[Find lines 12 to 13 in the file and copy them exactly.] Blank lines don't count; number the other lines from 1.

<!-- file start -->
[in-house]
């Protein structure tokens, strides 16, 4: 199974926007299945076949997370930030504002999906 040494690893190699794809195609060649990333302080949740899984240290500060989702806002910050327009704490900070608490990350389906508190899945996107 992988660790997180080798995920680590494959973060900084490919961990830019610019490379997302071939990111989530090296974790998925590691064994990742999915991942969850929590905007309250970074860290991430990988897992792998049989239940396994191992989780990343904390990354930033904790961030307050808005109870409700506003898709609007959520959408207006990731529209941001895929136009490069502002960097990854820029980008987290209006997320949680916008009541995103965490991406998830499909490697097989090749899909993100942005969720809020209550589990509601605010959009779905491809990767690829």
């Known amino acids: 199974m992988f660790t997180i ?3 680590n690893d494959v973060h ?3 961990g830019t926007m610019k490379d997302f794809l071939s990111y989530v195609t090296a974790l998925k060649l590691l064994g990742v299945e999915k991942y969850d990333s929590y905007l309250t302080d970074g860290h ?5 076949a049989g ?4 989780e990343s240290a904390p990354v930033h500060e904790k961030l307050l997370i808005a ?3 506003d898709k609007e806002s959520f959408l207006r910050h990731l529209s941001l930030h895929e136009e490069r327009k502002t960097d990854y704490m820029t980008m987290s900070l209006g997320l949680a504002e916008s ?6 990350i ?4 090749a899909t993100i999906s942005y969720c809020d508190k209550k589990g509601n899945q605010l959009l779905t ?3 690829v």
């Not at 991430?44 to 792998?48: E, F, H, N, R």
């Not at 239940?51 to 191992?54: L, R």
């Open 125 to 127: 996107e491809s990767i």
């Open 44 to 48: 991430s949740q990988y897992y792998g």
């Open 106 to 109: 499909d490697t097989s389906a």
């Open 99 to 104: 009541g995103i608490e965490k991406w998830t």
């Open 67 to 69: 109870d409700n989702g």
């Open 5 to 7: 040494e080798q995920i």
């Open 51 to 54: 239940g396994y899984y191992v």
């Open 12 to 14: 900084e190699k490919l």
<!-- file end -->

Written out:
């Open 51 to 54: 239940g396994y899984y191992v």
């Open 12 to 14: 900084e190699k490919l």